Since the 1960s the international human rights movement has expanded exponentially. Today it is a loose coalition of international organizations, national organizations, and international networks that includes literally thousands of domestic and international groups. The common hallmark of these groups is their independence from governments, an element that is generally regarded as an essential component of their credibility and effectiveness.
Human Rights Organizations and the International Policy Process
In one form or another, human rights organizations have been engaged in every human rights policy issue, from those that focus squarely on a core issue (such as torture or disappearances) to concerns that seem more obliquely related to human rights (such as landmines or the Millennium Development Goals). Human rights organizations are regularly involved in all aspects of the policy process. They have lobbied for attention to new issues; they have helped craft policy solutions; and they have pushed for implementation and accountability after decisions have been made and policy instruments adopted. They have also been instrumental in building up the international institutions through which human rights policies have been articulated and pursued.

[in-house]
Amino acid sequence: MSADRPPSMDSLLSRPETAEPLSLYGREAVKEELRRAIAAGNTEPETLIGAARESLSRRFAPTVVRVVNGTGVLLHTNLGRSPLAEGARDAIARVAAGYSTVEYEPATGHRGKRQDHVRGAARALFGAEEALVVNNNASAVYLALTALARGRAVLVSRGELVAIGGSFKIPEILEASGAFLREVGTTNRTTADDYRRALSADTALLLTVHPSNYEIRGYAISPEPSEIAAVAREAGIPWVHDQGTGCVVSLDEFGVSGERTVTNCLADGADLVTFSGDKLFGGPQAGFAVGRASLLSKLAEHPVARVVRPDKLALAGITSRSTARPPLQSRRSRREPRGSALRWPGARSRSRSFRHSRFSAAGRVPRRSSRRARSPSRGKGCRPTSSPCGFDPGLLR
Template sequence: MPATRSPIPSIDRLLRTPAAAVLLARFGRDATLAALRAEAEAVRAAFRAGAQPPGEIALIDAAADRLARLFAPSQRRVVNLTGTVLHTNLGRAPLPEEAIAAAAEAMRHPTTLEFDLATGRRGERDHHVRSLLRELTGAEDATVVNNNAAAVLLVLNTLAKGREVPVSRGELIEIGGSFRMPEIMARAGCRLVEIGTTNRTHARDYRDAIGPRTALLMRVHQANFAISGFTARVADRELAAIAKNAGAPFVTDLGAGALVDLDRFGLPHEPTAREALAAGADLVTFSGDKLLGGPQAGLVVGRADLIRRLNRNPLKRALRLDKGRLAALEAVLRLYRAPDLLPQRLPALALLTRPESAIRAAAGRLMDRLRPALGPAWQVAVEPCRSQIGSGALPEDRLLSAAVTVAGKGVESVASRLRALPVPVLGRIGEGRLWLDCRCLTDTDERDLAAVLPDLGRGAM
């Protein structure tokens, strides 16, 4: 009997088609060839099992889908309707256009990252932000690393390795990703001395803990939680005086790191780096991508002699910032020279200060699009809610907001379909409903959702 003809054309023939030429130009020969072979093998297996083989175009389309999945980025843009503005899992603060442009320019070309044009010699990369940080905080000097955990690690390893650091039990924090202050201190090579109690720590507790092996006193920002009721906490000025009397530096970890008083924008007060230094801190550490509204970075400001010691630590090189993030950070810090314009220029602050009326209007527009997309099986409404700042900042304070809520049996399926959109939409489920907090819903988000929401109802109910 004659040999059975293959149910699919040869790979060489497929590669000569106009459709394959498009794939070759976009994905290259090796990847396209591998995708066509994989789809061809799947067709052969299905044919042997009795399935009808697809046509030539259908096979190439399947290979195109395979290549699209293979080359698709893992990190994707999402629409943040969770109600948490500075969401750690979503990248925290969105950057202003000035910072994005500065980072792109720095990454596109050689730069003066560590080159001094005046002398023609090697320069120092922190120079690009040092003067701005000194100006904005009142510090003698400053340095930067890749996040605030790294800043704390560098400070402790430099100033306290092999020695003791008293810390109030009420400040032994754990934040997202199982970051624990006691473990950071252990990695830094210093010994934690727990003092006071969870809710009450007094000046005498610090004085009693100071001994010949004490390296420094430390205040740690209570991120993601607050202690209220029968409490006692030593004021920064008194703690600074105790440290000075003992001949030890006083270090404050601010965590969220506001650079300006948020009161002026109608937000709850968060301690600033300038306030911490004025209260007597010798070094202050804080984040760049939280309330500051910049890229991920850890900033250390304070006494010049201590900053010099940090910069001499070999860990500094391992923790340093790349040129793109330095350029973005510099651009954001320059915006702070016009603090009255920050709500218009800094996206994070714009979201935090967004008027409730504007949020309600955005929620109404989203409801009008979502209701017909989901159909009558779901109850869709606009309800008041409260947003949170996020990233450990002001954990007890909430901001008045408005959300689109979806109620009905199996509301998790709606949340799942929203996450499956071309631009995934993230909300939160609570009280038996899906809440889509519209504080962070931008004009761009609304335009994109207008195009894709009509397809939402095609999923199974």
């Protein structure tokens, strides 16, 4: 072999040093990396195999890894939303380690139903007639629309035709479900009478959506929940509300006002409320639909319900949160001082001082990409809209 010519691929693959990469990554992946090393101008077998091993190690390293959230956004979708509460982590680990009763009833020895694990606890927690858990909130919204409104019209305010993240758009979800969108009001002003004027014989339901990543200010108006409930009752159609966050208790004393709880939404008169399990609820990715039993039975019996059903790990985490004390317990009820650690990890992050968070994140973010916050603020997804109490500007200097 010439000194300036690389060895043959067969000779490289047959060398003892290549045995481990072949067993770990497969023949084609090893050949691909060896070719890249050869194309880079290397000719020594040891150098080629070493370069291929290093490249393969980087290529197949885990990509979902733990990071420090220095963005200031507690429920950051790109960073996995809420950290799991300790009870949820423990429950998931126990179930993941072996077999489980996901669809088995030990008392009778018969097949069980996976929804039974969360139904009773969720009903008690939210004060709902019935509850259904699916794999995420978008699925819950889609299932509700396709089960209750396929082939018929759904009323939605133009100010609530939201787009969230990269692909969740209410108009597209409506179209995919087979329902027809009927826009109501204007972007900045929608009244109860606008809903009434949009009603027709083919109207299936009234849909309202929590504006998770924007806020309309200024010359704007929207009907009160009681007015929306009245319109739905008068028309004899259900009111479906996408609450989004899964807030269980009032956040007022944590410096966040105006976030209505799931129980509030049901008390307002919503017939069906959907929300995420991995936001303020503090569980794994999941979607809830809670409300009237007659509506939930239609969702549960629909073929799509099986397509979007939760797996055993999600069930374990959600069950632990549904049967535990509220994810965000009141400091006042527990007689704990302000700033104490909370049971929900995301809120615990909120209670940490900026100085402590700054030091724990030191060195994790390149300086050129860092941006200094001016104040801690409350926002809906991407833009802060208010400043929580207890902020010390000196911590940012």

Human rights organizations use a range of campaigning techniques to advance their concerns. “Naming and shaming” is arguably the best recognized of their tactics, but as Keck and Sikkink have observed, human rights organizations actually rely on a much wider array of lobbying tools, including symbolic politics, and leverage politics. Achieving policy goals in the UN and other diplomatic circles may depend as much on persuasion as pressure. As Wilder Tayler notes, “Pressure and persuasion are the two main tools of the human rights movement. Apart from them there is not much more.”